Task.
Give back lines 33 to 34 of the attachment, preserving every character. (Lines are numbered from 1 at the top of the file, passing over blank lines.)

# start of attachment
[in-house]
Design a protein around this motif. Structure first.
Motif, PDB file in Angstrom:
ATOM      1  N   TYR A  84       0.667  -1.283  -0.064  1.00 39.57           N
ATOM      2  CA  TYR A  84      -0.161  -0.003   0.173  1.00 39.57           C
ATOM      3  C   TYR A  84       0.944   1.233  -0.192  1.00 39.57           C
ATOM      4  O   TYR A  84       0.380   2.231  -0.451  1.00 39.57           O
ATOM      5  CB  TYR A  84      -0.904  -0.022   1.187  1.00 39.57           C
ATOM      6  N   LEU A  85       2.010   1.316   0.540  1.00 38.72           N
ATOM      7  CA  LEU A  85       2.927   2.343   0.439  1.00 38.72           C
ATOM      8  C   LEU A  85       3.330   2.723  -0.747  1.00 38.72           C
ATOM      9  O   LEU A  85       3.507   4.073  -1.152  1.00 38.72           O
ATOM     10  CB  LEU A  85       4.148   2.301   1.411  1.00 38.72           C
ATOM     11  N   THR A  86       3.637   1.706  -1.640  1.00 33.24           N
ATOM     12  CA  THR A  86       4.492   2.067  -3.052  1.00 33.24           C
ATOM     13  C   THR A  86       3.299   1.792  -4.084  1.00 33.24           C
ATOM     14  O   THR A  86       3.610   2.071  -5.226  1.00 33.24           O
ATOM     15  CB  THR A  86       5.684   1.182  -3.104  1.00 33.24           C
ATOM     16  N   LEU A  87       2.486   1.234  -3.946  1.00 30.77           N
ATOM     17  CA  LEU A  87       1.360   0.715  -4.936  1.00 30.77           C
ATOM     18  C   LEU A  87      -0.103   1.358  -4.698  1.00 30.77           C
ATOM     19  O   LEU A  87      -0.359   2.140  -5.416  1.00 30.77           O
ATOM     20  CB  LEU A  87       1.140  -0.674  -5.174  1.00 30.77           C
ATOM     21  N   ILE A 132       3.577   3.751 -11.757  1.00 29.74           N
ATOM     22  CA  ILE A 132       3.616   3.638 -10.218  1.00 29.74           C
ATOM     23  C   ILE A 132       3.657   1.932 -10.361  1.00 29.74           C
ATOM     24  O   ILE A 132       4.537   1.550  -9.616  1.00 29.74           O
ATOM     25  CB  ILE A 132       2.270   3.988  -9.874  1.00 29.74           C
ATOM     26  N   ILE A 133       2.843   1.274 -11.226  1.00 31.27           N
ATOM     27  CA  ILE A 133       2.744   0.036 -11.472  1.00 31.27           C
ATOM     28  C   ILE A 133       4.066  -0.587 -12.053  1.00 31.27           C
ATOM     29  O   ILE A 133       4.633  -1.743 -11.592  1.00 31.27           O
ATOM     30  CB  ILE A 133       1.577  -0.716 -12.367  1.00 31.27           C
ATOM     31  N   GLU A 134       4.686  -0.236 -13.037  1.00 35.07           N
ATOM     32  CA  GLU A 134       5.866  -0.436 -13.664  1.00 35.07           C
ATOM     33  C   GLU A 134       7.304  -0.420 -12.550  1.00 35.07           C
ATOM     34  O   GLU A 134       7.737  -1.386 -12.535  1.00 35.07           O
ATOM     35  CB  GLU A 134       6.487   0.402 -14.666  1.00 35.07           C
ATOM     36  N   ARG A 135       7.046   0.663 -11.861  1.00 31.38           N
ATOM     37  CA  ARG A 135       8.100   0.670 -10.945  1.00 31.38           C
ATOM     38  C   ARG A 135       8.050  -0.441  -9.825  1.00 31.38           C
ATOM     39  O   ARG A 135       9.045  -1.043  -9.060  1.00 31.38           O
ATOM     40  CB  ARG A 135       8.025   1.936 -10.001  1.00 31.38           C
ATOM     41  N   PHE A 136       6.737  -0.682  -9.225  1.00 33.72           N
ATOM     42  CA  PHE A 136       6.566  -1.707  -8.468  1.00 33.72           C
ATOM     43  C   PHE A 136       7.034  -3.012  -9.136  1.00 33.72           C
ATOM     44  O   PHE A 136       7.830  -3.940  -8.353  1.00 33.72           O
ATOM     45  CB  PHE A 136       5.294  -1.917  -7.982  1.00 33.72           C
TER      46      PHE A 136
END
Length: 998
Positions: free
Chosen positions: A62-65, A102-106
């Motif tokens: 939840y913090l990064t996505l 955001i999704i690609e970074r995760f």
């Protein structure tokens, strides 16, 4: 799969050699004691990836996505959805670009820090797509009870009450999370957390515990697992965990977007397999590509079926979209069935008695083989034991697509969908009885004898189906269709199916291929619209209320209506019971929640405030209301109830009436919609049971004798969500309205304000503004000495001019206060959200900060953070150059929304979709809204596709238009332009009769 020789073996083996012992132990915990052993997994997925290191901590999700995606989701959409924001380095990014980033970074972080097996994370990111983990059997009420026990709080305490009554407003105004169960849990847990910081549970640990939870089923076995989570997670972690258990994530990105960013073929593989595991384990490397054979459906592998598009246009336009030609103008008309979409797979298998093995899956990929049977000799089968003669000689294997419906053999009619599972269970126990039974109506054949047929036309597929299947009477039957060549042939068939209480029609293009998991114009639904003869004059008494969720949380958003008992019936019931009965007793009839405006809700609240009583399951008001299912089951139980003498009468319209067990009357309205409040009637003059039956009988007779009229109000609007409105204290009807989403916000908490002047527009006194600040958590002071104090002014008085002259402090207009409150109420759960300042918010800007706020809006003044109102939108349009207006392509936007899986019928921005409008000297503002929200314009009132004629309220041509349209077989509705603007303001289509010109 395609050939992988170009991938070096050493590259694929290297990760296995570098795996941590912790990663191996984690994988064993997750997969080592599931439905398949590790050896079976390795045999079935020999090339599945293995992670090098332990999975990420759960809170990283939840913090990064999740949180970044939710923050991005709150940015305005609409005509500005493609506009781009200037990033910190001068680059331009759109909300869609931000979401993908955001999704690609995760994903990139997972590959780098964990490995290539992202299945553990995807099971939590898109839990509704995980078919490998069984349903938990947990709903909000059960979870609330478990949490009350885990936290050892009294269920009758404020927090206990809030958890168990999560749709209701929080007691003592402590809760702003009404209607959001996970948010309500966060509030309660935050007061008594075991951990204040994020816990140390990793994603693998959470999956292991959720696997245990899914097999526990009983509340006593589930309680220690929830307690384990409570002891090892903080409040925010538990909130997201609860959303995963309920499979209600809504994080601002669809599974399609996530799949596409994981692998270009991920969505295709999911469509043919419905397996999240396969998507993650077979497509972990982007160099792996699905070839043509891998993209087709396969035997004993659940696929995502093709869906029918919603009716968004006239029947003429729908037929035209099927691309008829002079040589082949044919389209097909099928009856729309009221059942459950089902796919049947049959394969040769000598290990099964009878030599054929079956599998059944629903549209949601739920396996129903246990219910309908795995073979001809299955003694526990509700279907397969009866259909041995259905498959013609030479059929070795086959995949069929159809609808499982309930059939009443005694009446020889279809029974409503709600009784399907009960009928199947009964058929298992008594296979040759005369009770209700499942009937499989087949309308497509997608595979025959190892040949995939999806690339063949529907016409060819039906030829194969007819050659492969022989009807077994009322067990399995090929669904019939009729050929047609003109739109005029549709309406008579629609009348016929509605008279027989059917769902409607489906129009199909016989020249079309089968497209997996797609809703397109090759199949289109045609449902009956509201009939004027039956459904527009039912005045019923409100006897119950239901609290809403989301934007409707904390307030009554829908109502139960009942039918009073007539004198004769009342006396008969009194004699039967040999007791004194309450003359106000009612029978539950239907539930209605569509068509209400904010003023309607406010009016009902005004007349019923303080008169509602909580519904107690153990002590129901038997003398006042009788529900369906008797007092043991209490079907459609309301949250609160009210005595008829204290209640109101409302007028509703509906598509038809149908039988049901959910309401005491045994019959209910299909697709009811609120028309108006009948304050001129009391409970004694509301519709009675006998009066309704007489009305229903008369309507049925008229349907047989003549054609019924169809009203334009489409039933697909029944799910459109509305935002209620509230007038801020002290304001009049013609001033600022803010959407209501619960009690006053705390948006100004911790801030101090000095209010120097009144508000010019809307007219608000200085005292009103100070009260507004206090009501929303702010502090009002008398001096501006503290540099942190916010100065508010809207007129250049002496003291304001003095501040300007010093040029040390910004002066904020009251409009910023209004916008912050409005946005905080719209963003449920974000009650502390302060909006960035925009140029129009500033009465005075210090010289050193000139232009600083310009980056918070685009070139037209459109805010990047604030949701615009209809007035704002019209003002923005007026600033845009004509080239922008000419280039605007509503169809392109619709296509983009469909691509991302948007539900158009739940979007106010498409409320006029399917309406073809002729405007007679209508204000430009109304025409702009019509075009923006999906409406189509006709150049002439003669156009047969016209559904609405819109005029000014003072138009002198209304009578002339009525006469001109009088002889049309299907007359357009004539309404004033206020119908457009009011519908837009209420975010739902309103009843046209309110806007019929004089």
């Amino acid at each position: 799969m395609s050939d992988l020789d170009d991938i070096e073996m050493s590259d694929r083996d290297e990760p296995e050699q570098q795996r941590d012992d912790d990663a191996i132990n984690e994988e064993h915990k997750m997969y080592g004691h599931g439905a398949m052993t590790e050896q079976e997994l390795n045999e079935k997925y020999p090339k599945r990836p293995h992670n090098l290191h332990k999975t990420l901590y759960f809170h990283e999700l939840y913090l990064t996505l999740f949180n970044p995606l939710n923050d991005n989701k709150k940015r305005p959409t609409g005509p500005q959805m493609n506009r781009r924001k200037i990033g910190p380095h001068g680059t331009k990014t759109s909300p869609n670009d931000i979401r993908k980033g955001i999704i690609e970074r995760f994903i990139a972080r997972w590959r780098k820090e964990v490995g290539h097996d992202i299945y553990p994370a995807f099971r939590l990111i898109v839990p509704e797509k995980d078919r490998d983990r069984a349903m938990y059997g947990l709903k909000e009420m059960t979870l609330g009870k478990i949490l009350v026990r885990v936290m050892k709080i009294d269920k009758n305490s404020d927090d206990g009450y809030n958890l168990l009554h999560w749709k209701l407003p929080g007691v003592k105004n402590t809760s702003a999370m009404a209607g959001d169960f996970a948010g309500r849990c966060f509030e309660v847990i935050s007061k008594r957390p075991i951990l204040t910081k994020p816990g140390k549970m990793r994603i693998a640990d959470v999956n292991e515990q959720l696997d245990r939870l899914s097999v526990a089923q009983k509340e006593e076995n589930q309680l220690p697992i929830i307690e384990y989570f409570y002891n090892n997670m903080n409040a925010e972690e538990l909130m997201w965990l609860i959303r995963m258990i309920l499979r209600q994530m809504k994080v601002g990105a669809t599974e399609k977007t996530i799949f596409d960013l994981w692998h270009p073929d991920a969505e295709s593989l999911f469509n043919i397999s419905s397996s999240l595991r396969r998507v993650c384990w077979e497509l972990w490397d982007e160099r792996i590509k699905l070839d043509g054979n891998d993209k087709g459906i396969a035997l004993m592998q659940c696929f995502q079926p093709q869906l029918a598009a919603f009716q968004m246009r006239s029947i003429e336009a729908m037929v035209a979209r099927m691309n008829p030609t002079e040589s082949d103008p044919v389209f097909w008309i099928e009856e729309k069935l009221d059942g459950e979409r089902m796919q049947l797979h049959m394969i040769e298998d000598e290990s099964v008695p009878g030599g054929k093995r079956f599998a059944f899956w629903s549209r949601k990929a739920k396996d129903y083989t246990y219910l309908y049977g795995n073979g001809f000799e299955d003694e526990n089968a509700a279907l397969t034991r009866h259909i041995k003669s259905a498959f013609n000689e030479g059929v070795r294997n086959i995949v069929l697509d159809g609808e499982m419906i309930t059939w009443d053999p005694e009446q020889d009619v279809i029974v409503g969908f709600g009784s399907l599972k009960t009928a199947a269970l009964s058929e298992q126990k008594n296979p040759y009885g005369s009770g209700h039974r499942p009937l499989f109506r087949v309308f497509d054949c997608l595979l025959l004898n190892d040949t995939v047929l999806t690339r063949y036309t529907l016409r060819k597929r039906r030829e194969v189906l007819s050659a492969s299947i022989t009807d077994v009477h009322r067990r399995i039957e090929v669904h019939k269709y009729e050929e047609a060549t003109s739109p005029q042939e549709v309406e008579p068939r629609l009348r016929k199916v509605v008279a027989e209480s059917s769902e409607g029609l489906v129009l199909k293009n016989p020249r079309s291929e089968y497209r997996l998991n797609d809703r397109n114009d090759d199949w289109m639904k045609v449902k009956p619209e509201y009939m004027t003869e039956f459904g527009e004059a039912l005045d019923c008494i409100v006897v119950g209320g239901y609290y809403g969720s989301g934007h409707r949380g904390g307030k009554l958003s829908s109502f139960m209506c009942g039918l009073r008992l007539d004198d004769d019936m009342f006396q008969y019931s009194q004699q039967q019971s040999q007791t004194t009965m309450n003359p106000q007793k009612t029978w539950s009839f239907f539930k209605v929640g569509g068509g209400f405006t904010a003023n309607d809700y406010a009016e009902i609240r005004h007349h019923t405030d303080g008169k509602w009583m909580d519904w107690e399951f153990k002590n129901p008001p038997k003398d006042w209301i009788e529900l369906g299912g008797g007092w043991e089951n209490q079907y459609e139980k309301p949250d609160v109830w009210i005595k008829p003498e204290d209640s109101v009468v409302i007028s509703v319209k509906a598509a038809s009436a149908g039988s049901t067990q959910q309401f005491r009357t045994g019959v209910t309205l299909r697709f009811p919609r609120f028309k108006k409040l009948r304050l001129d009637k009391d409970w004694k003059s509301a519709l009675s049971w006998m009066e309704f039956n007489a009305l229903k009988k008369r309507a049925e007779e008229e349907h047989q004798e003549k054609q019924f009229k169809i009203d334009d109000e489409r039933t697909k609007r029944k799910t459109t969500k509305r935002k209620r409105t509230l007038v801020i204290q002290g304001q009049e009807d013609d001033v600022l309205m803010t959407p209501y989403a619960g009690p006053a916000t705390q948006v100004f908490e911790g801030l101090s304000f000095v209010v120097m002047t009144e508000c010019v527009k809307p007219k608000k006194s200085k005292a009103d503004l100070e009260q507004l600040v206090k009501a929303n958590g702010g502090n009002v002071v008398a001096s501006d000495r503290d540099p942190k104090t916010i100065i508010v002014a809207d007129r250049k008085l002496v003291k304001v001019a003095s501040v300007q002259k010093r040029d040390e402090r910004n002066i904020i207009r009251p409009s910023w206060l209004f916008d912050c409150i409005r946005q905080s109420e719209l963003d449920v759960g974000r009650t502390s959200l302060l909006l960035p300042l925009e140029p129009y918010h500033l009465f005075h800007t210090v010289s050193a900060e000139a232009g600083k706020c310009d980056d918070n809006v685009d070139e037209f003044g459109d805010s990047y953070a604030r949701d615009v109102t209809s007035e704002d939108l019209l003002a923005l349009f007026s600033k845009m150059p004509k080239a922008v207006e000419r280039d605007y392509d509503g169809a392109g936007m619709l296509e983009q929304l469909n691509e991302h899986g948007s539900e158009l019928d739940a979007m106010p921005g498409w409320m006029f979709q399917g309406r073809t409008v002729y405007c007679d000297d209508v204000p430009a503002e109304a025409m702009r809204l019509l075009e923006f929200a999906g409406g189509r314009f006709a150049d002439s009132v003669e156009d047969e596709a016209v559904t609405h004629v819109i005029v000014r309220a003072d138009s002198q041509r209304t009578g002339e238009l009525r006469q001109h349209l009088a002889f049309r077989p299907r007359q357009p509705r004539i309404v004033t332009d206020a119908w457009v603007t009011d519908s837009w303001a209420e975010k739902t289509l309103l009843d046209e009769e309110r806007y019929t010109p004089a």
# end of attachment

ATOM     30  CB  ILE A 133       1.577  -0.716 -12.367  1.00 31.27           C
ATOM     31  N   GLU A 134       4.686  -0.236 -13.037  1.00 35.07           N